Wed. Apr 24th, 2019

Italy approves a bill to eliminate plastic in the sea

Italy approves a bill to eliminate plastic in the sea

The Council of Ministers of Italy has approved a bill to protect the sea and destroy plastic and, among other things, authorizes fishermen to collect this material that is trapped in their nets and take it to land.

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The Council of Ministers approved last night this project called "Save the sea" and that aims to preserve the marine ecosystem and promote the circular economy, according to an official statement.

The fundamental pillar of the bill is that it authorizes fishermen to pick up the plastic that stays in their nets when they fish to prevent them from throwing it again, as they did up to now, and to end pollution in the seas.

"The fishermen will finally be able to collect the plastic that remains in their nets, until now they were forced to throw it back into the sea so as not to face an illegal transport of waste and they had to pay for its disposal," explained the Minister of the Environment Italian, Sergio Costa, in social networks.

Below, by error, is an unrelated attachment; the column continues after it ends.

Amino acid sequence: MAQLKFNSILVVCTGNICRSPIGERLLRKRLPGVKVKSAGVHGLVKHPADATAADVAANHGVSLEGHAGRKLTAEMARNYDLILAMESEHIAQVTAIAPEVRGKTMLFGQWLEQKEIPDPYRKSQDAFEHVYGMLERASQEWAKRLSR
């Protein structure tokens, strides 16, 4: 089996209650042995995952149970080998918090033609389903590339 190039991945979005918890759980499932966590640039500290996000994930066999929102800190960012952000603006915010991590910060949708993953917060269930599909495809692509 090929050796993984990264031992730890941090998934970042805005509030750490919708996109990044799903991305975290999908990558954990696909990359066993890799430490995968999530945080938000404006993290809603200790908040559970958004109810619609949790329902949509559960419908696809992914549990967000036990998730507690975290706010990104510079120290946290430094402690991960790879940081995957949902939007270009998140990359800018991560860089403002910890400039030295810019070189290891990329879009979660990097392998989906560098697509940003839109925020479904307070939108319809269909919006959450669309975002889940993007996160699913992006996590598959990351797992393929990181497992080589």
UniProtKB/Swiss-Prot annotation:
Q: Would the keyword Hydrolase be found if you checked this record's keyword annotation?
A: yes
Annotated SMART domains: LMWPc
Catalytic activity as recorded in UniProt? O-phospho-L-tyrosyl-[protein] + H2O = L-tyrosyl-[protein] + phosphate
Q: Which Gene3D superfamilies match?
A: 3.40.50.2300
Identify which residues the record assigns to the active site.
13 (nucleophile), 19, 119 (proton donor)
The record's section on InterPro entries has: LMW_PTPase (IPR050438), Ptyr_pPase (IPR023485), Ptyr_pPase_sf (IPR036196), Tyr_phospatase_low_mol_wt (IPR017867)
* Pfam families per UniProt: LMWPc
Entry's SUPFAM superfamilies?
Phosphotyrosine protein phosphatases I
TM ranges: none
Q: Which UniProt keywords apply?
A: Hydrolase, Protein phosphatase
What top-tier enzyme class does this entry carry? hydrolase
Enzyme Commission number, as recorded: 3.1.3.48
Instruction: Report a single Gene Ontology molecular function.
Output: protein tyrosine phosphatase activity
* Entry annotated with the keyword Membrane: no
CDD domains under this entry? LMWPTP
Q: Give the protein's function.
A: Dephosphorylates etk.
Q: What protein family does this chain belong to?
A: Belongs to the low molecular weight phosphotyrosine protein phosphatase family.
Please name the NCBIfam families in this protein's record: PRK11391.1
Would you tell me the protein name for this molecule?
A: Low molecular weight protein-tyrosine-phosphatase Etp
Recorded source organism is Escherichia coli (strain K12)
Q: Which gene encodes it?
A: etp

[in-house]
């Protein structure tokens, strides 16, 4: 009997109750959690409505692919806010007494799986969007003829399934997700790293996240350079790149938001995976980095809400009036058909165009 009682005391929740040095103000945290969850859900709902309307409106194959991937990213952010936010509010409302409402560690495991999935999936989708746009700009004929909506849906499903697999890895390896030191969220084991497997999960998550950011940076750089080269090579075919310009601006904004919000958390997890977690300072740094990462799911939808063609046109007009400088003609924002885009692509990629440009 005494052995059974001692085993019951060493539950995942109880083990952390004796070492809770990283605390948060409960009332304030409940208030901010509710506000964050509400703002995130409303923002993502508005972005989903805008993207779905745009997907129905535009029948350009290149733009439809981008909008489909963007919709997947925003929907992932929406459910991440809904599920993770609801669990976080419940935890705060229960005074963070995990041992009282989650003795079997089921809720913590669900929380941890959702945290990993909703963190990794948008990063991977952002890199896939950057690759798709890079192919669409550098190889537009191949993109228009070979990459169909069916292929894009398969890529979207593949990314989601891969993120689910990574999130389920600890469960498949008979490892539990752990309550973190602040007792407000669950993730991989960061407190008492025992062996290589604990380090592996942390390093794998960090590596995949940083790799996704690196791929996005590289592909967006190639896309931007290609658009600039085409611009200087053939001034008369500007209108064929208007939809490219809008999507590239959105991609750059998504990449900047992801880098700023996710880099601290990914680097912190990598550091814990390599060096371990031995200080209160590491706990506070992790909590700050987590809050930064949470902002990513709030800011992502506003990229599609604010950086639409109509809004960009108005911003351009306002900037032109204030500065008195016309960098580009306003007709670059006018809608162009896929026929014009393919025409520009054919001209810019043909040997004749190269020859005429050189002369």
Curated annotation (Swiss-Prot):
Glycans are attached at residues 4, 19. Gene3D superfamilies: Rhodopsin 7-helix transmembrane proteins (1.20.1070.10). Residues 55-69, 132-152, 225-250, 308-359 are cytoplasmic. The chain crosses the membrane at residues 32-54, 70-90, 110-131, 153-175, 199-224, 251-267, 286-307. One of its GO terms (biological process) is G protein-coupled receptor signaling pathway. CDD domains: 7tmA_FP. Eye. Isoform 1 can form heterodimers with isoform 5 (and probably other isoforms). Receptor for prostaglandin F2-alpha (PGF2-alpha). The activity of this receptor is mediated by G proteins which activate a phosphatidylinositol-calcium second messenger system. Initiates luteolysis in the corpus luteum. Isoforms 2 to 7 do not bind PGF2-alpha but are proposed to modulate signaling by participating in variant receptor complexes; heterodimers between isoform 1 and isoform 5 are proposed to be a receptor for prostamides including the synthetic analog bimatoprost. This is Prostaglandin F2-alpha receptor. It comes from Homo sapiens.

The bill introduces the possibility of granting an environmental certification to fishermen who commit to using materials of low environmental impact, participate in campaigns to clean the sea or collect waste that remains in their networks.

"The fishermen will become the 'sweepers' of the sea, they will have an environmental certificate, they will be recognized for this work, they will take the waste to port and they will be rewarded," Minister Costa said.

Volunteer campaigns to clean up the sea and sensitize citizens to the importance of not throwing away waste and managing them properly are also included.

In this way, the Italian government, formed by the anti-system Five Star Movement (M5S) and the extreme right-wing League, wants to tackle the problem of plastic that it conceives as "a planetary emergency", according to Minister Costa.

The bill was approved four days after the death of a sperm whale with more than twenty kilos of plastic and a deceased fetus inside the coast of the Italian tourist enclave of Porto Cervo, on the island of Sardinia (east) .

The female sperm whale had ingested about twenty-two kilos of plastics, between plates, lines, nets and bags, denounced the organization "Seame Sardinia".


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